“It’s really hard to project into that full-time period where any individual country will shake,” Konyndyk said. “We are working on it and making adjustments as we go depending on how the pandemic develops.”
How much surplus does America have?
The administration does not make public how many doses it has in reserve and what it has acquired for domestic needs in vaccine manufacturers’ production pipelines. An administration official told the VOA that the numbers are rising steadily.
Data from the Centers for Disease Control and Prevention shows that 82 million doses have been distributed but not yet administered across the country. Humanitarian organizations allege that America is sitting on an even bigger stockpile.
“They should be getting these doses now – and by the end of the year the US will have 593 million additional doses – out the door and in people’s arms,” Dr. Carey said. Teacher, director of programs for Doctors Without Borders USA, responding to Biden’s announcement of an additional 500 million doses.
Data compiled by analytics company Airfinity on COVID-19 vaccine stocks in the US, EU, UK, Canada and China – the countries with the largest surpluses – show more than 670 million doses by the end of September. The launch extends to countries that offer booster shots to people 12 years of age and older six months after their second dose.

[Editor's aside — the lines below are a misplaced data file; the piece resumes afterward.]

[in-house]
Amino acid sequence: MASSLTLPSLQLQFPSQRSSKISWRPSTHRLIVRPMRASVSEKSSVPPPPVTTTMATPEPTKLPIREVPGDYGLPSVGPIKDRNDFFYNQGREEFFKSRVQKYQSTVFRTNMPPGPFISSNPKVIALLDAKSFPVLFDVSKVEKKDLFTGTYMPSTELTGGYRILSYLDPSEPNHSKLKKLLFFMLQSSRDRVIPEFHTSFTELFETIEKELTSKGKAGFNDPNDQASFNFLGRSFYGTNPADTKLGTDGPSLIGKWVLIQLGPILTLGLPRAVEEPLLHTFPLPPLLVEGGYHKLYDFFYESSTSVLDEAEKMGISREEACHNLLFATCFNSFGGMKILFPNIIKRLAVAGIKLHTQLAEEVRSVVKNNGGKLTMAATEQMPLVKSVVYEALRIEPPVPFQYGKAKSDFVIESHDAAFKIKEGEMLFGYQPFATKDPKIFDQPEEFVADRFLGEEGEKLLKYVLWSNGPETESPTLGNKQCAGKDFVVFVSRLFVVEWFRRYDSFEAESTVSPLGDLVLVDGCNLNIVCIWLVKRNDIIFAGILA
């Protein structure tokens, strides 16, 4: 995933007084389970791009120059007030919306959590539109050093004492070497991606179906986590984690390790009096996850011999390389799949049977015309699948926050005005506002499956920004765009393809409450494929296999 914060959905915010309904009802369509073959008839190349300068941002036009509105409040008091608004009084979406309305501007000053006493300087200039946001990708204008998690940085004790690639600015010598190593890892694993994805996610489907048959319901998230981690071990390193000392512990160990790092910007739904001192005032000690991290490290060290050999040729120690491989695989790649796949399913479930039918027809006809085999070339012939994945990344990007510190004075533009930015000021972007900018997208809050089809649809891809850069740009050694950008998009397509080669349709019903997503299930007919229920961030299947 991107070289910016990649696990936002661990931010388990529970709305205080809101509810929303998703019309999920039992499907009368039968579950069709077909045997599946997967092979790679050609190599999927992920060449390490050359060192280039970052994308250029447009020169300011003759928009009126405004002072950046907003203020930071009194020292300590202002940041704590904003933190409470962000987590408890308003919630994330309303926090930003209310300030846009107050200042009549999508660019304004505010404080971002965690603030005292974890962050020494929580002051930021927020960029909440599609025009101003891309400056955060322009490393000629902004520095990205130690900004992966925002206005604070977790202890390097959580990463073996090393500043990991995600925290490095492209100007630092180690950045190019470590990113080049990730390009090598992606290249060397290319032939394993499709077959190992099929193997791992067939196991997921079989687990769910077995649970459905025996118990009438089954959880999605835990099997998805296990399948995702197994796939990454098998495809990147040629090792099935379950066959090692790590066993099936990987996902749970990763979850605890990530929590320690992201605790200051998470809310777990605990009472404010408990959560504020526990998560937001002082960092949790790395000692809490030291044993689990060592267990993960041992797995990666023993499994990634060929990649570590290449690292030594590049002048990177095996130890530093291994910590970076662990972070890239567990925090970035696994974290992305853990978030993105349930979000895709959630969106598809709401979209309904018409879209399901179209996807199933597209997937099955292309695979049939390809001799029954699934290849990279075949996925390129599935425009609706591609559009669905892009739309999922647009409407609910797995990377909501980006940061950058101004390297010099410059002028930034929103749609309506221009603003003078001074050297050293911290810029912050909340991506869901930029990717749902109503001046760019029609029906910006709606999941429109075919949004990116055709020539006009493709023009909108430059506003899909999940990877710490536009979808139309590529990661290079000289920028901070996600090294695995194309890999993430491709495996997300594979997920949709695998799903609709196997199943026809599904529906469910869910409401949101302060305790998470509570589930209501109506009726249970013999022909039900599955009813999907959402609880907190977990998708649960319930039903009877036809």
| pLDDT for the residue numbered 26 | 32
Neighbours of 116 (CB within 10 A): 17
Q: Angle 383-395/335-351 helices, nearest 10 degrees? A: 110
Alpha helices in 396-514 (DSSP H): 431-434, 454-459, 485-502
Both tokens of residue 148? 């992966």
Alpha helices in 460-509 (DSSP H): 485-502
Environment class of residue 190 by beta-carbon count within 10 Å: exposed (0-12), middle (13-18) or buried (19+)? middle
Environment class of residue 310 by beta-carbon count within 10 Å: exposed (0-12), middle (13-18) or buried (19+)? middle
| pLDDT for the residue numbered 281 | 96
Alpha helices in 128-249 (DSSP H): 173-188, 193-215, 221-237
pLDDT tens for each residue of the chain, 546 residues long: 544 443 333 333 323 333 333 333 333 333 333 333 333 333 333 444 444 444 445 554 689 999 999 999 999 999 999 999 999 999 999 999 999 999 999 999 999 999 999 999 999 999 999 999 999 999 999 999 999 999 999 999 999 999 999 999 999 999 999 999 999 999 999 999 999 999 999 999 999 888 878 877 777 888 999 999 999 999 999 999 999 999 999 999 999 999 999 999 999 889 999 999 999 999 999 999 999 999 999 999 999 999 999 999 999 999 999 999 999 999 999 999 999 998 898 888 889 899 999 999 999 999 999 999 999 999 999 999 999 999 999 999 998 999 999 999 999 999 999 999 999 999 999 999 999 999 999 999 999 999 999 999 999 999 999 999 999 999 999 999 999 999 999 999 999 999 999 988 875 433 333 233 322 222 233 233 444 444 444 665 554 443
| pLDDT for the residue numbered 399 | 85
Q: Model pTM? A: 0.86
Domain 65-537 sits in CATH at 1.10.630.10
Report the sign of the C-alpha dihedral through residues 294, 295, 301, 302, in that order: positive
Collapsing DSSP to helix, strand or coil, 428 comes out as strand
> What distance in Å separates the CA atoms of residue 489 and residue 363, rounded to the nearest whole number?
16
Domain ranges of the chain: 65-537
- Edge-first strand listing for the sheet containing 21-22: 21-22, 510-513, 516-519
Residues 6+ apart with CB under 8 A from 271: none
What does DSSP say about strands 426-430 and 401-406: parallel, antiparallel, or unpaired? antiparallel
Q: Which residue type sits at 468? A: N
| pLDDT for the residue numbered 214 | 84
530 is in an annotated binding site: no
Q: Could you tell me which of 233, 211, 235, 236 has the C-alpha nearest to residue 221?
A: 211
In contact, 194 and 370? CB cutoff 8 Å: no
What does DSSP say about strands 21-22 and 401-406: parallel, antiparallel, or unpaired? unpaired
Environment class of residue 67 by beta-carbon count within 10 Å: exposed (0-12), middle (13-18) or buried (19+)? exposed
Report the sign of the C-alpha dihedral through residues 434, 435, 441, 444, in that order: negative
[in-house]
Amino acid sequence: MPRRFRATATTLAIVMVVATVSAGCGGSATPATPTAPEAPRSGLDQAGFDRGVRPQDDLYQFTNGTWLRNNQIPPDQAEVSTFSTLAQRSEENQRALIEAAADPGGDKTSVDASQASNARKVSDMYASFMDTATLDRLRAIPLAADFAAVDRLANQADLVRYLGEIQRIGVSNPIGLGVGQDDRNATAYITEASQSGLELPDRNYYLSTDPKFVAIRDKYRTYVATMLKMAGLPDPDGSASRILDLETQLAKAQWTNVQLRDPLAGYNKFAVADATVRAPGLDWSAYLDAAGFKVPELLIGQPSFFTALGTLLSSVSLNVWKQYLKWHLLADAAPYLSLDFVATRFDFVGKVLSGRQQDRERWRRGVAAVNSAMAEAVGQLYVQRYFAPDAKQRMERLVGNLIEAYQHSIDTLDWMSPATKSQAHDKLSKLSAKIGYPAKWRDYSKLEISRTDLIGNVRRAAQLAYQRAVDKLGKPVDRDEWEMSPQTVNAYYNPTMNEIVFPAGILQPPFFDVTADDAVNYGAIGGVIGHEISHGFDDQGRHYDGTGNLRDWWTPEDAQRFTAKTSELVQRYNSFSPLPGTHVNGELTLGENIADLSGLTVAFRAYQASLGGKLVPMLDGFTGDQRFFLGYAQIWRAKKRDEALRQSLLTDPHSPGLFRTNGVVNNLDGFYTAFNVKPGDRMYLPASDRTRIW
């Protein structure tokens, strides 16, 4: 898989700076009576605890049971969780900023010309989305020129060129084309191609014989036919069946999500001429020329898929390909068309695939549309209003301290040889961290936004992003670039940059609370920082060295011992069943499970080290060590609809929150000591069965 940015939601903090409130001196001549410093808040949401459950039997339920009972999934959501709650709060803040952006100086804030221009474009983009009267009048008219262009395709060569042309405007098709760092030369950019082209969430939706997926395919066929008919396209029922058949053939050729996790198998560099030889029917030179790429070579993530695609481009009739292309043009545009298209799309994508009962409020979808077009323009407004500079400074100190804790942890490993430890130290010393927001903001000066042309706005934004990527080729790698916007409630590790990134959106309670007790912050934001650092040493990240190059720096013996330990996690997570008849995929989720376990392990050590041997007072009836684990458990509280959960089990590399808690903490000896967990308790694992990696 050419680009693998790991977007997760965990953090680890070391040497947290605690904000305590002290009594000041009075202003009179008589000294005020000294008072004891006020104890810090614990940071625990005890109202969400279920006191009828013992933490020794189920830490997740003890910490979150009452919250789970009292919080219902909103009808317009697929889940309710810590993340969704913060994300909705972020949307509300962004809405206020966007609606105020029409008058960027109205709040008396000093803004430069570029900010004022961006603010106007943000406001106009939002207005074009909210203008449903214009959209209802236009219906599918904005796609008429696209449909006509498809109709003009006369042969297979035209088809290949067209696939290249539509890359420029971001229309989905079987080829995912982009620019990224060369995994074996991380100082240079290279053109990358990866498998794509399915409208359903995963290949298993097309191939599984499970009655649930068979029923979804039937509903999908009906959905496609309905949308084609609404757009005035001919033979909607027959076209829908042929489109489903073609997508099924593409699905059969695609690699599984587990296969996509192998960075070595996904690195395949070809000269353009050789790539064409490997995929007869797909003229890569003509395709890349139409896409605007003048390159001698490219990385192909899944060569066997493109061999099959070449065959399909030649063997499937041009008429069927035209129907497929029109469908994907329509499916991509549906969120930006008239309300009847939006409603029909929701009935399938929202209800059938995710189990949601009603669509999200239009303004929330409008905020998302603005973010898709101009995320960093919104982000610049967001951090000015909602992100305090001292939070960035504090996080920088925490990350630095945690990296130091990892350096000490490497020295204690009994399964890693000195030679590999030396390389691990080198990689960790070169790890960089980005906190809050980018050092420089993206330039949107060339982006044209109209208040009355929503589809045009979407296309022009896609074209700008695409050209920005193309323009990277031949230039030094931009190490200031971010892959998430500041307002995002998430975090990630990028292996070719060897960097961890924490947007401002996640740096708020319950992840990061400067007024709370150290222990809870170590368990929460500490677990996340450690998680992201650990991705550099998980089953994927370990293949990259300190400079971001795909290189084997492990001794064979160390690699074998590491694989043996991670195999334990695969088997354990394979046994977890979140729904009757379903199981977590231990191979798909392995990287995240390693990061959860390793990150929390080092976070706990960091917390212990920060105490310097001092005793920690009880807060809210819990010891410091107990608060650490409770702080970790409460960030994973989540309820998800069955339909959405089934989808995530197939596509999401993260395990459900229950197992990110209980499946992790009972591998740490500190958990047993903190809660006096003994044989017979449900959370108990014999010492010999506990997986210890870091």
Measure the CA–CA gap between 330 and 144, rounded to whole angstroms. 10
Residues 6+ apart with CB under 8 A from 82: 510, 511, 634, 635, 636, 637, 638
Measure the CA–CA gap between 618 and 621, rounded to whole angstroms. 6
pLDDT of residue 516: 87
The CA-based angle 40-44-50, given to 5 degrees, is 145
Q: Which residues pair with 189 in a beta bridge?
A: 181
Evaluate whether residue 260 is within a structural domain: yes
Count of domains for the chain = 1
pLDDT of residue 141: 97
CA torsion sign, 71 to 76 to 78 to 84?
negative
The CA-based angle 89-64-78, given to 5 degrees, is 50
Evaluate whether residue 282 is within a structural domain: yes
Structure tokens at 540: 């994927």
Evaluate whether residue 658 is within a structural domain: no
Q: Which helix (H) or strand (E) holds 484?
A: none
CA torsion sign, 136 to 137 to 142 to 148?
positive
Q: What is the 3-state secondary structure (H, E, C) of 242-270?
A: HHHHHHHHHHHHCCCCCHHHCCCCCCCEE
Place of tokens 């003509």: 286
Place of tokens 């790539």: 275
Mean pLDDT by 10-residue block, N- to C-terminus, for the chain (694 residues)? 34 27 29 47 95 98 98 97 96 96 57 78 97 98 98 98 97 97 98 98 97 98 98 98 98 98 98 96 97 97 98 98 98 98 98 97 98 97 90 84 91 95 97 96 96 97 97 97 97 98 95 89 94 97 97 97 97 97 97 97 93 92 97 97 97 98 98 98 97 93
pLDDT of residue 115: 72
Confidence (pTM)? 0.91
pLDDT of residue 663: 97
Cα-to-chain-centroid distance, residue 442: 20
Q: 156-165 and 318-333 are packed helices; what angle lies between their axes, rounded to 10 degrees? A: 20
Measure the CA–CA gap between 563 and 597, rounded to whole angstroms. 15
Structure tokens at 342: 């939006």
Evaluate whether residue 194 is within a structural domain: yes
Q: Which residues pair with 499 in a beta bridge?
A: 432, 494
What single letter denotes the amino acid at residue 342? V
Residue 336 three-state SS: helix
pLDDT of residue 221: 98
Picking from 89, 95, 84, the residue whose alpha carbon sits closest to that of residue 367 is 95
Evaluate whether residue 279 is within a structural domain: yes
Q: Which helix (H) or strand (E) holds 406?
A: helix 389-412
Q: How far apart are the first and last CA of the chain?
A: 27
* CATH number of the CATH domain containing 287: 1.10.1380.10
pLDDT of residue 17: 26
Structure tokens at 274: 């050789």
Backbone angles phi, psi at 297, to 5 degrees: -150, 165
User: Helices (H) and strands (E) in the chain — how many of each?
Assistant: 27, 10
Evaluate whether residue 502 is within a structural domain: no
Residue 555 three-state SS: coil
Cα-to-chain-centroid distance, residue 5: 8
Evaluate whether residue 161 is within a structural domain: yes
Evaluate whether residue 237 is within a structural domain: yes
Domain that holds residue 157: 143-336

Airfinity data also predicts that 241 million doses of vaccines stockpiled in the Group of Seven major industrialized countries will be exhausted by December without immediate redistribution.
Is the global vaccine shortage a question of production capacity or distribution?
Airfinity data shows that vaccine manufacturers currently produce 1.5 billion doses per month. It forecasts a total global production of 12.2 billion doses for 2021, of which 6.5 billion are Western vaccines and 5.7 billion are Chinese.
This would mean the WHO-set target of 11.3 billion doses needed to vaccinate the world’s population could be achieved in months, provided that wealthier nations get booster shots and against new variants before low-income countries get them. Don’t deplete your reserves to provide security. His first shot.
“Wealer countries have bought up most of the world’s supply of vaccines and have not moved so quickly in creating a global plan to distribute and distribute these vaccines around the world,” said Sarah Swinehart, spokeswoman for One Campaign. Organization formed to fight poverty and preventable diseases.
According to the WHO, high-income countries have now given about 100 doses for every 100 people, while low-income countries have given only 1.5 doses.
If there is high production capacity, why are the producers not exporting them?
“If we are going to be the vaccine arsenal, we have to actually export the vaccines, not just donate them once,” said Udayakumar of the Duke Global Health Innovation Center. Aside from the doses donated by the administration, US vaccine producers have exported 161 million doses for sale, far below China (1.1 billion) and the European Union (about 800 million).